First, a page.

I stayed on the motorway instead and started calculating the final mileage required against time remaining to work out what my average speed must be. If I made 50 miles every hour, I’d do it.

Austria finally arrived with the Alps rising grandly in front of me like some sort of attempt at landscape gardening to hide delicate northern European sensibilities from the disorganisation of Italy beyond. The morning was crisp and the air was as clear as my bowels were after I’d visited yet another unfortunate service station en route.

Like Switzerland, Austria uses a series of vignettes to allow you to use their motorways, so I stopped in a further station and paid for a ten-day pass from a woman who looked at me like perhaps word had got around. Shortly I was back underway and I threaded the RT towards Innsbruck and the Brenner Pass.

I was now firmly in biking country. Euro pilots on sparkling Yamaha MTs and fleets of newly minted BMWs with adventurous looking aluminium panniers swarmed around me. My plan to hit this section in the morning when I should be the most awake seemed to be working. I felt fresh and the heavy RT wasn’t such a handful on the switchback hairpins. The weather was perfect and I was actually in high spirits, reasoning the worst thing that could happen now was that I broke down or crashed and in the confusion got helped into an ageing couple’s camper van never to be heard from again. The prospect certainly kept the cornering speed down anyway.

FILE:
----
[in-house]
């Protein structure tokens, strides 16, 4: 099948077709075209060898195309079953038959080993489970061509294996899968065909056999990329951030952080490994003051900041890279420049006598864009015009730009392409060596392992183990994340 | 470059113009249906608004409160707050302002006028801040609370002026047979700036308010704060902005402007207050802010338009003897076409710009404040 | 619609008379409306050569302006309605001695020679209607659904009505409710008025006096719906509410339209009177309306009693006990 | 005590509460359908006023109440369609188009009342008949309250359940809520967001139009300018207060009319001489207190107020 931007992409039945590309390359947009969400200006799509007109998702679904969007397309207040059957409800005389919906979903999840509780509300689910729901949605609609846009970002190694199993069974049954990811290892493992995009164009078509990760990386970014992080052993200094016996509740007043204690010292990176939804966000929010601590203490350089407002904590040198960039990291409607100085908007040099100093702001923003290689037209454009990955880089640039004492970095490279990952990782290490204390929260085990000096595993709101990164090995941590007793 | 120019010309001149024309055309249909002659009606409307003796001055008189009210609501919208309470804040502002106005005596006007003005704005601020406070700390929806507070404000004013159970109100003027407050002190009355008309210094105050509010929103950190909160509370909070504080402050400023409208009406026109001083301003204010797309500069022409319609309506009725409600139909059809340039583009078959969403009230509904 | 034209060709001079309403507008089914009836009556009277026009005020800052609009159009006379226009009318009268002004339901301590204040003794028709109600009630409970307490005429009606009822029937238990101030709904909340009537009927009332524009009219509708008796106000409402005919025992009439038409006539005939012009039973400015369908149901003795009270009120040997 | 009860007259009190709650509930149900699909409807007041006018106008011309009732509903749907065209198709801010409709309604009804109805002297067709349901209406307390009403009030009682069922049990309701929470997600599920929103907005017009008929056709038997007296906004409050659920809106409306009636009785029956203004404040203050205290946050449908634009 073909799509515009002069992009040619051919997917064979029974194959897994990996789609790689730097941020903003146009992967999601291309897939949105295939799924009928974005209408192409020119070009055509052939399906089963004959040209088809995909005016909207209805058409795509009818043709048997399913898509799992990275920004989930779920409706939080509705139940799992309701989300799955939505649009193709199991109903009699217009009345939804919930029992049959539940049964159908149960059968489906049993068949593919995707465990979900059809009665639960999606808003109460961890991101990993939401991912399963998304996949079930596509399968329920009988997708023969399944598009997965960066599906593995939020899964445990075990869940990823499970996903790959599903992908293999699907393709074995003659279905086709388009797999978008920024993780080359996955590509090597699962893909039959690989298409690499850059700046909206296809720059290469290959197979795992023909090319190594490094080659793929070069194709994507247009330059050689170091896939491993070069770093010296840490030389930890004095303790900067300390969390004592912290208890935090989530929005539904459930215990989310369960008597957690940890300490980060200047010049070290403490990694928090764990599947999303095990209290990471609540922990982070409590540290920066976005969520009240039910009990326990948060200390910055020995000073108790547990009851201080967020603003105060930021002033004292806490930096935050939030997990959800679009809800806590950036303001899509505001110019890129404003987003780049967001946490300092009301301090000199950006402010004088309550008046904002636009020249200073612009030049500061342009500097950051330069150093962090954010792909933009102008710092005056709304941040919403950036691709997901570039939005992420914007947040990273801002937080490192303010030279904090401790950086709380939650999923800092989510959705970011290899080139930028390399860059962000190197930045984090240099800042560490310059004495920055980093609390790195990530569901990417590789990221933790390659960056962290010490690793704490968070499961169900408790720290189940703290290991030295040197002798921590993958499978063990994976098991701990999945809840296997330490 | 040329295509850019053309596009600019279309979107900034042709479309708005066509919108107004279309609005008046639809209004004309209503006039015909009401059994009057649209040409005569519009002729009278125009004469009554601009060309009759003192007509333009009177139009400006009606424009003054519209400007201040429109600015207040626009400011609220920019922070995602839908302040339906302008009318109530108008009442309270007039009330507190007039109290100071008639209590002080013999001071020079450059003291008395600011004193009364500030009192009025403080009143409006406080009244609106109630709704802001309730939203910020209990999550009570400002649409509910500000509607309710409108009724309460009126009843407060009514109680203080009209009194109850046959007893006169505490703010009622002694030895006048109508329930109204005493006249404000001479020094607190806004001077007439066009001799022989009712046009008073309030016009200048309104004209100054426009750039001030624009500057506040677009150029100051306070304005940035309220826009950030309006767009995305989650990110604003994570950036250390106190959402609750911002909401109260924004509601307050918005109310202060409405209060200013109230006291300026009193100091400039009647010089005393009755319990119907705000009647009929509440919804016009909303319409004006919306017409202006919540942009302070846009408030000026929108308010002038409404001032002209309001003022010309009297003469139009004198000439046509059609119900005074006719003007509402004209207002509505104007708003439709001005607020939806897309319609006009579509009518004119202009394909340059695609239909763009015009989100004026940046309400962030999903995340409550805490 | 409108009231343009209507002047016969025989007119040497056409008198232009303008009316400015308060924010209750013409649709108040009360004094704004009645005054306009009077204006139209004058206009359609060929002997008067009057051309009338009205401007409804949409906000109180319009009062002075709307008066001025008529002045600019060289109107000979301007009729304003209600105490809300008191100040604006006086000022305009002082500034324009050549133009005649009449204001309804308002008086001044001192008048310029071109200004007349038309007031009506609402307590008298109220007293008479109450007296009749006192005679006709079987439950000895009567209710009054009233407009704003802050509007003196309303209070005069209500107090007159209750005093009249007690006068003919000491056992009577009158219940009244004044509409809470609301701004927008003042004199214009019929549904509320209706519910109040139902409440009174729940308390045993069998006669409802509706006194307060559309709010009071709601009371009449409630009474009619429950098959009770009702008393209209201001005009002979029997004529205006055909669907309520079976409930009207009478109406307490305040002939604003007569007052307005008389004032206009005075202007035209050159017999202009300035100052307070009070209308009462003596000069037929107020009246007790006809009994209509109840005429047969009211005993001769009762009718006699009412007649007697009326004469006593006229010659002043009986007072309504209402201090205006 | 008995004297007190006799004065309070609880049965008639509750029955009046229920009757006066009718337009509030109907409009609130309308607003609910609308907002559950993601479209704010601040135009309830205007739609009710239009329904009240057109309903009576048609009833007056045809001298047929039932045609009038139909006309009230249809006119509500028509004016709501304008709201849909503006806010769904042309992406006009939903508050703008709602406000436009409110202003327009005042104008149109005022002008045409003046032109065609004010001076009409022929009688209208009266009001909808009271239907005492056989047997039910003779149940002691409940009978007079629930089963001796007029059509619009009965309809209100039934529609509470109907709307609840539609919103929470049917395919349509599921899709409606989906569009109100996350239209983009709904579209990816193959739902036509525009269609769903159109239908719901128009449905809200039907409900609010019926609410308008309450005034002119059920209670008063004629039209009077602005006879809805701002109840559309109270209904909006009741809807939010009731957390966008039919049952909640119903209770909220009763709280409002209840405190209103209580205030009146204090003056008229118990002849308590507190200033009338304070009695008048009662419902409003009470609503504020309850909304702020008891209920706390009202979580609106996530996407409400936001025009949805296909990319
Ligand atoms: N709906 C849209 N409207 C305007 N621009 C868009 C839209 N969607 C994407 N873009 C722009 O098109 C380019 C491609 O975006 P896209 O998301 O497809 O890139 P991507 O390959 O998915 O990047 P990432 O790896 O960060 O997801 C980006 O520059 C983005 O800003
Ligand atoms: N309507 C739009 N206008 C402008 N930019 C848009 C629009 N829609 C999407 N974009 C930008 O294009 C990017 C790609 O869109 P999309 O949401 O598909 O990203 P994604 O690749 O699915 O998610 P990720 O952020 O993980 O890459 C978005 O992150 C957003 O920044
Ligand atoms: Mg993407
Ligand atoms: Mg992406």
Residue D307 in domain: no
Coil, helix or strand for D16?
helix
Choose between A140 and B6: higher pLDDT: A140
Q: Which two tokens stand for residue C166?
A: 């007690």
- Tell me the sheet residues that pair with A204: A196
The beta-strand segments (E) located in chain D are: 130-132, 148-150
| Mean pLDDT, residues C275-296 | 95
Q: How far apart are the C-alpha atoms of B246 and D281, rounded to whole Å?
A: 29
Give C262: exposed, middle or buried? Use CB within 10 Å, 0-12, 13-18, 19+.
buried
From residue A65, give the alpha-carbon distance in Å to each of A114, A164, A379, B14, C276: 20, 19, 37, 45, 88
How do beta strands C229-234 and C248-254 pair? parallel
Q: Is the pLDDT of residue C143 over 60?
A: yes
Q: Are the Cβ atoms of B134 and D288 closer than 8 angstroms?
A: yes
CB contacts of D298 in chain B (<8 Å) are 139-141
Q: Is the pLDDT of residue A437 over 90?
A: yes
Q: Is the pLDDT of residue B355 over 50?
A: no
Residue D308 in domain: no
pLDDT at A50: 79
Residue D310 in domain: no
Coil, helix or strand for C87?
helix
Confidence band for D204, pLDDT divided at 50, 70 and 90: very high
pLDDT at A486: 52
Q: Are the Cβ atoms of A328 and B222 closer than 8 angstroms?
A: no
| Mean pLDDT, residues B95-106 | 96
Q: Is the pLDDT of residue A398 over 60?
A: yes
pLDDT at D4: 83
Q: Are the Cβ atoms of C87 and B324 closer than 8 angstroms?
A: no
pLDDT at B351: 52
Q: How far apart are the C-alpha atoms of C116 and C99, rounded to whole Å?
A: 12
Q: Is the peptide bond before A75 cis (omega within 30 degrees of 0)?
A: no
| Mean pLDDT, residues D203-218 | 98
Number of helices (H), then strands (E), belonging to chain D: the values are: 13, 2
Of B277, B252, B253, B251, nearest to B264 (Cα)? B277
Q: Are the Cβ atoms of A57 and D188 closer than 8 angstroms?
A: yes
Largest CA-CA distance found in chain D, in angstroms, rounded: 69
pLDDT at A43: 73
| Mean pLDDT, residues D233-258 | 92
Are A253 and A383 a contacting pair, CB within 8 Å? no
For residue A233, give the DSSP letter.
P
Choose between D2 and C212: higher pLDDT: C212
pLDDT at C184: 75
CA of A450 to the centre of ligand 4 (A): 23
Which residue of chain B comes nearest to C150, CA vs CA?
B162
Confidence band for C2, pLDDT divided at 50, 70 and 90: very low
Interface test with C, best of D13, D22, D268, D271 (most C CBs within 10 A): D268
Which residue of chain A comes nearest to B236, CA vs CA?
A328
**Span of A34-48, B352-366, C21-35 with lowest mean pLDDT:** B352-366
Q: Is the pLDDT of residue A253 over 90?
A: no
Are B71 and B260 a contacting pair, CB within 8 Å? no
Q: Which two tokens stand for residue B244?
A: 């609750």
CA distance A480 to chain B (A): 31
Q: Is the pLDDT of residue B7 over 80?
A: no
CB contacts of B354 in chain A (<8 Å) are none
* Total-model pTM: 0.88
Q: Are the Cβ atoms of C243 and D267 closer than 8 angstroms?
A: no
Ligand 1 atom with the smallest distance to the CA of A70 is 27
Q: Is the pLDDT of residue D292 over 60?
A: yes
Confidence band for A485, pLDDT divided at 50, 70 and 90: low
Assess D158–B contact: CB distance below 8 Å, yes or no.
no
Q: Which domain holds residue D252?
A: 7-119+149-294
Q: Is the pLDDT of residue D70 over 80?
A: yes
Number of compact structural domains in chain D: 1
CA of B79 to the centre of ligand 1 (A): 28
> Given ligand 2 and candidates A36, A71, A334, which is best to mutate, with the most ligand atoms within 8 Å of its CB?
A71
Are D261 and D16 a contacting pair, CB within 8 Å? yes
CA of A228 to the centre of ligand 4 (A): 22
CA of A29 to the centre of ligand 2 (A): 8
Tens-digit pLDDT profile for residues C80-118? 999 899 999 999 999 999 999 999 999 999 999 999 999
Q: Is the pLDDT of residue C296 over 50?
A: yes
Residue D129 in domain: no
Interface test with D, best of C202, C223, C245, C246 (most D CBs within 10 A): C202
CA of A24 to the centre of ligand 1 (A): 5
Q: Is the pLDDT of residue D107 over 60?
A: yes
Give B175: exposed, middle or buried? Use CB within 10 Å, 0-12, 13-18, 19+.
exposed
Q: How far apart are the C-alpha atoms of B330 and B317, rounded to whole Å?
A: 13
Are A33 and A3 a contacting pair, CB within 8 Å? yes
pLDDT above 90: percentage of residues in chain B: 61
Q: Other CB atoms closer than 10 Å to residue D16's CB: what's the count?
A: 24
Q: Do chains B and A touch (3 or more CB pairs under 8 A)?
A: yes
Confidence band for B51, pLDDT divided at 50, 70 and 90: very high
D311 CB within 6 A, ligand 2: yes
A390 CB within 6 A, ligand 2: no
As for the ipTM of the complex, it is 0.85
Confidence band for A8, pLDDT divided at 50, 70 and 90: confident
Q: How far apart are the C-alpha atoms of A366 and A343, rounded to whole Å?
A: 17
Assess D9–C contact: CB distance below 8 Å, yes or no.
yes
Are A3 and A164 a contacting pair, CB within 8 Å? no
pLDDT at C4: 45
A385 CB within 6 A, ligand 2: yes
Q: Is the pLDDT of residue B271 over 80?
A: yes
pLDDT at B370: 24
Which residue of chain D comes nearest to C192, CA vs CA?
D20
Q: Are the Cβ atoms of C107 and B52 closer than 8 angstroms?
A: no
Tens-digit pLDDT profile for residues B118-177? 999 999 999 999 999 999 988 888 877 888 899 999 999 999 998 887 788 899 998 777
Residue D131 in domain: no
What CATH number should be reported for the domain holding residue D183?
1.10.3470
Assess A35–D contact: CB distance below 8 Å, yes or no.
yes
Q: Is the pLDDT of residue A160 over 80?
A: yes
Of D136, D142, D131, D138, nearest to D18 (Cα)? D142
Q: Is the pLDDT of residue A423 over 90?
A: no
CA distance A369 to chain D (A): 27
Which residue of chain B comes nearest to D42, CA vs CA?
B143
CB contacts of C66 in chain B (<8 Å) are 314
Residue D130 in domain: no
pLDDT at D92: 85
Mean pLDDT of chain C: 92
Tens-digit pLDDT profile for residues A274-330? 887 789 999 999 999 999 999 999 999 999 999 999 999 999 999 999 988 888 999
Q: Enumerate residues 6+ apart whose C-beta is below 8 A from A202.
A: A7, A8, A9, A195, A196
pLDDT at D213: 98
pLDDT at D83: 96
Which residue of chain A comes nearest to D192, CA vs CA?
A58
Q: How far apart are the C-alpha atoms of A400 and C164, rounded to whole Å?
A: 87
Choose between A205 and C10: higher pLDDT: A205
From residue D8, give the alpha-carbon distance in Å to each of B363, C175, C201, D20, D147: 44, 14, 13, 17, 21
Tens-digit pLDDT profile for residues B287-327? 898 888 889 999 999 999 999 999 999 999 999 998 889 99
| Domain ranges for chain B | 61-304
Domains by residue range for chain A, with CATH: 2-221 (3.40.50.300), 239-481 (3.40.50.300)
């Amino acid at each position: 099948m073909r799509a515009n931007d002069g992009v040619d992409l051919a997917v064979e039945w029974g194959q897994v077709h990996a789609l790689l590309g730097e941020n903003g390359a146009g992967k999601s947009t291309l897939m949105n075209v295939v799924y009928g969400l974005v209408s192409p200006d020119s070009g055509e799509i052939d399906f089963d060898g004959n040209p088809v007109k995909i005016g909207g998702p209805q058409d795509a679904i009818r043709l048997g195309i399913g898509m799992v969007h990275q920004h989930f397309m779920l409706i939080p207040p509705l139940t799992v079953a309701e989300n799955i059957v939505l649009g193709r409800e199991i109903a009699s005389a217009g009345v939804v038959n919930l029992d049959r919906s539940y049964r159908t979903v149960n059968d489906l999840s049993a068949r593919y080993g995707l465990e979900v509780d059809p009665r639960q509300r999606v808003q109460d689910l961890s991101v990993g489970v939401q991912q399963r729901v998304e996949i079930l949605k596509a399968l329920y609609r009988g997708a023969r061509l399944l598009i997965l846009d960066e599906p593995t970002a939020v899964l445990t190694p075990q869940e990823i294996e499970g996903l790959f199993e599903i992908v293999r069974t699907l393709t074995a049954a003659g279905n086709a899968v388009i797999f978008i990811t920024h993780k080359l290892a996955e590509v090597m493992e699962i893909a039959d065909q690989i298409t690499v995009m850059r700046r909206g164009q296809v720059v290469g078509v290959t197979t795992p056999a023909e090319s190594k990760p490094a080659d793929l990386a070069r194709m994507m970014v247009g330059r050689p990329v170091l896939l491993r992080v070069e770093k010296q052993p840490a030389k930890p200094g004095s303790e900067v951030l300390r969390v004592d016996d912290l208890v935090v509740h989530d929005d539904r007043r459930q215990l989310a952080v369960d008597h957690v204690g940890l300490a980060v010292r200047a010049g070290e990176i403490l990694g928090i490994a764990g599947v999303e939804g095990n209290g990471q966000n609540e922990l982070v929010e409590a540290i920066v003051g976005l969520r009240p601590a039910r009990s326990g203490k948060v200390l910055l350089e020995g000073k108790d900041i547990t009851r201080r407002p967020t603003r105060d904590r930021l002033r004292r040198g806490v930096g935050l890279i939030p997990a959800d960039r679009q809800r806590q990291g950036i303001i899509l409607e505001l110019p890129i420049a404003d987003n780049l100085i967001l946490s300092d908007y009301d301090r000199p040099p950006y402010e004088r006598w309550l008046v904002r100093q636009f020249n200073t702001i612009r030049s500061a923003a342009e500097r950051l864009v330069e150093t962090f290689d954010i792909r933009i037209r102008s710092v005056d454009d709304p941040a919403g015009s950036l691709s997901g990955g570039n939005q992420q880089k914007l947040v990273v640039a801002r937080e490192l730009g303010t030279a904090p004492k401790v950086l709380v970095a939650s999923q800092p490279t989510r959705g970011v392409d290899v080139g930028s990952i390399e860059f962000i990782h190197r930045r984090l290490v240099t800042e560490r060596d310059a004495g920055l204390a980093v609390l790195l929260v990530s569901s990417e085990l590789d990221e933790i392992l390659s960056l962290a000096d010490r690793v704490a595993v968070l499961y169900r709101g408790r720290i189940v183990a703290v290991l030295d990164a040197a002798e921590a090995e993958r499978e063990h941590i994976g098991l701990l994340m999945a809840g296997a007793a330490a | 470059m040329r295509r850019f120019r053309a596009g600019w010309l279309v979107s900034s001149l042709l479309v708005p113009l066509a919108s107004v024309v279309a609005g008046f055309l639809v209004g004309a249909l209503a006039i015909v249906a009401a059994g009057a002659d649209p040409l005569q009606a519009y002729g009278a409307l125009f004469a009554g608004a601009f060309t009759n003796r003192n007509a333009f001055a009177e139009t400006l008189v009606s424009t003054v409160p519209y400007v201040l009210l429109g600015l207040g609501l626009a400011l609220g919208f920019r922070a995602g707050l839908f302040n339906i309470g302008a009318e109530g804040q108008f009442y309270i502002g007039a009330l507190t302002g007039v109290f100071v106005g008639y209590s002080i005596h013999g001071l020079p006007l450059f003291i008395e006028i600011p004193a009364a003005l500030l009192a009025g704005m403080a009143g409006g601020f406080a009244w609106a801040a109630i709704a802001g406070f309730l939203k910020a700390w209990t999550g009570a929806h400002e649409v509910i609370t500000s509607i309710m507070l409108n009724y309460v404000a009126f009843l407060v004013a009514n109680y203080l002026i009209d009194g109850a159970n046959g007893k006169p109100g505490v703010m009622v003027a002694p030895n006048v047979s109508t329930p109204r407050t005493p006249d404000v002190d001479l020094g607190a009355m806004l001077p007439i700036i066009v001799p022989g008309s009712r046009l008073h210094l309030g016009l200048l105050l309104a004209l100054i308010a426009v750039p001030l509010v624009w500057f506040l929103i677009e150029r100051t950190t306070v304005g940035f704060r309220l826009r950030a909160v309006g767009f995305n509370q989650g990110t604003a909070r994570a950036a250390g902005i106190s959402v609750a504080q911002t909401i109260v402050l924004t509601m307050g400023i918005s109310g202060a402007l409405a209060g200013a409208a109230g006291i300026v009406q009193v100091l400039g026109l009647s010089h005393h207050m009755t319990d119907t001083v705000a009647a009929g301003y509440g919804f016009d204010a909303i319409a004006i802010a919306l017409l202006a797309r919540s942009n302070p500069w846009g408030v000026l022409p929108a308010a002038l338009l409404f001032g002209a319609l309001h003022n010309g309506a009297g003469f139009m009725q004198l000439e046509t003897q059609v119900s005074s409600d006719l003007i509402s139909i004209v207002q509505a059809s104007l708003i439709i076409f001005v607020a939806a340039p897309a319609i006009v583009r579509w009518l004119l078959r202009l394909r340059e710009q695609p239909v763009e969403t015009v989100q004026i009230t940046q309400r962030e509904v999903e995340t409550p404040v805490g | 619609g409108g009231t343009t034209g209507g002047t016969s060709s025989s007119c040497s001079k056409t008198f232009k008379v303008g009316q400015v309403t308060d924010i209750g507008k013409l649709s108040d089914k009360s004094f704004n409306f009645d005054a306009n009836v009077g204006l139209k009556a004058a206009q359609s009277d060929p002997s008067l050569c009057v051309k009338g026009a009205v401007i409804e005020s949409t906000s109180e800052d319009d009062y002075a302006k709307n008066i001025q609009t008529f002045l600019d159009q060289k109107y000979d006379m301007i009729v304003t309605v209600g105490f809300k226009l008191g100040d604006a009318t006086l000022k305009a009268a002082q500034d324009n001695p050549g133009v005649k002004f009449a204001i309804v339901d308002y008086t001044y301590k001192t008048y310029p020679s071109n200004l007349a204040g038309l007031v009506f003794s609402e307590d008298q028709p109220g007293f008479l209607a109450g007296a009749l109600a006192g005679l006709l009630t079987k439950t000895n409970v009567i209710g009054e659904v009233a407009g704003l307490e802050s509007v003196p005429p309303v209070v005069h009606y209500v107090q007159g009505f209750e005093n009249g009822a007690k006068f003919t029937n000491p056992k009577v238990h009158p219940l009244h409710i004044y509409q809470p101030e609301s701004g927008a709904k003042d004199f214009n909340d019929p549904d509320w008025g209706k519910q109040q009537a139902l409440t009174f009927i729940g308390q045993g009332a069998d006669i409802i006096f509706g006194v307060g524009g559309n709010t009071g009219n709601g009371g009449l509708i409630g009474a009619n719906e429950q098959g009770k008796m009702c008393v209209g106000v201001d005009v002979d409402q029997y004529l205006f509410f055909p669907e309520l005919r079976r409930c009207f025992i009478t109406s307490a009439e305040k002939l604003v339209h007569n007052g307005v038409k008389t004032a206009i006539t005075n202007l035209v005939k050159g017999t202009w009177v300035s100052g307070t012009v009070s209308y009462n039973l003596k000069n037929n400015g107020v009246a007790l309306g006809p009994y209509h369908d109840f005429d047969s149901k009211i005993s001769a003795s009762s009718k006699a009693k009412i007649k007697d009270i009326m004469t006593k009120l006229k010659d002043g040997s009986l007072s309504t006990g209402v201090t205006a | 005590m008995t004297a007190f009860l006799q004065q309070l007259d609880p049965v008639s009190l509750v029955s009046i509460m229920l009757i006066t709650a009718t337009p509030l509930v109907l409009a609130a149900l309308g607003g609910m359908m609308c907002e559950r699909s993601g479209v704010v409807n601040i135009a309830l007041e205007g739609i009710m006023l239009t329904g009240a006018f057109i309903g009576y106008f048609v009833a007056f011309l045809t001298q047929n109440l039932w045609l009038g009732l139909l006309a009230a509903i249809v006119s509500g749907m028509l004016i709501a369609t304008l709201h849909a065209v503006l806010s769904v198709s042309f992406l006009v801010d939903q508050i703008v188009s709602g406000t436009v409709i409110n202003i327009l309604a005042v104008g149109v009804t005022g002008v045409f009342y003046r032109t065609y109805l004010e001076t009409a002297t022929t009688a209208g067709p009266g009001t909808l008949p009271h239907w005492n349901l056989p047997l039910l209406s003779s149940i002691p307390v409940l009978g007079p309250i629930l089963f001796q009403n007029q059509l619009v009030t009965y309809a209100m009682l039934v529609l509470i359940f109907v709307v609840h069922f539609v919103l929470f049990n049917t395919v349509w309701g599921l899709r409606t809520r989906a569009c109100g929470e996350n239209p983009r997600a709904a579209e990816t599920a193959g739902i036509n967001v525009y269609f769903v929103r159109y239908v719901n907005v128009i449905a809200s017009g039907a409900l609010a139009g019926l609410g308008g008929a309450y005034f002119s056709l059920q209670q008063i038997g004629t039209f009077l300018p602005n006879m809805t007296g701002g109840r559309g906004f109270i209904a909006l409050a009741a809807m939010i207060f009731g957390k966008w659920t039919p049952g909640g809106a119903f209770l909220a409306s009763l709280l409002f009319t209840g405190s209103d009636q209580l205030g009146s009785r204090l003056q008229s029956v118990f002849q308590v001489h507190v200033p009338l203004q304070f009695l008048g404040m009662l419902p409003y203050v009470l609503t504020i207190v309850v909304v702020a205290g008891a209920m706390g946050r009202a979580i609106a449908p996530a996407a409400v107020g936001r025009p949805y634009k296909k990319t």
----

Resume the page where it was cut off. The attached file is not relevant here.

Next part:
Mr Brenner, whoever he was, must have been a bit of a disappointment in life as if you’ve ridden it yourself, you’ll know his alpine pass is one of the least dramatic ones there is in the Alps (and the reason why I chose it). I paid the toll and a short cruise later I was in Italy – the last country I needed, so to speak. It was about 8am; I had four and a half hours to make the last 200 or so miles. Average about 45mph now on main roads and I’d be there. It was just too easy.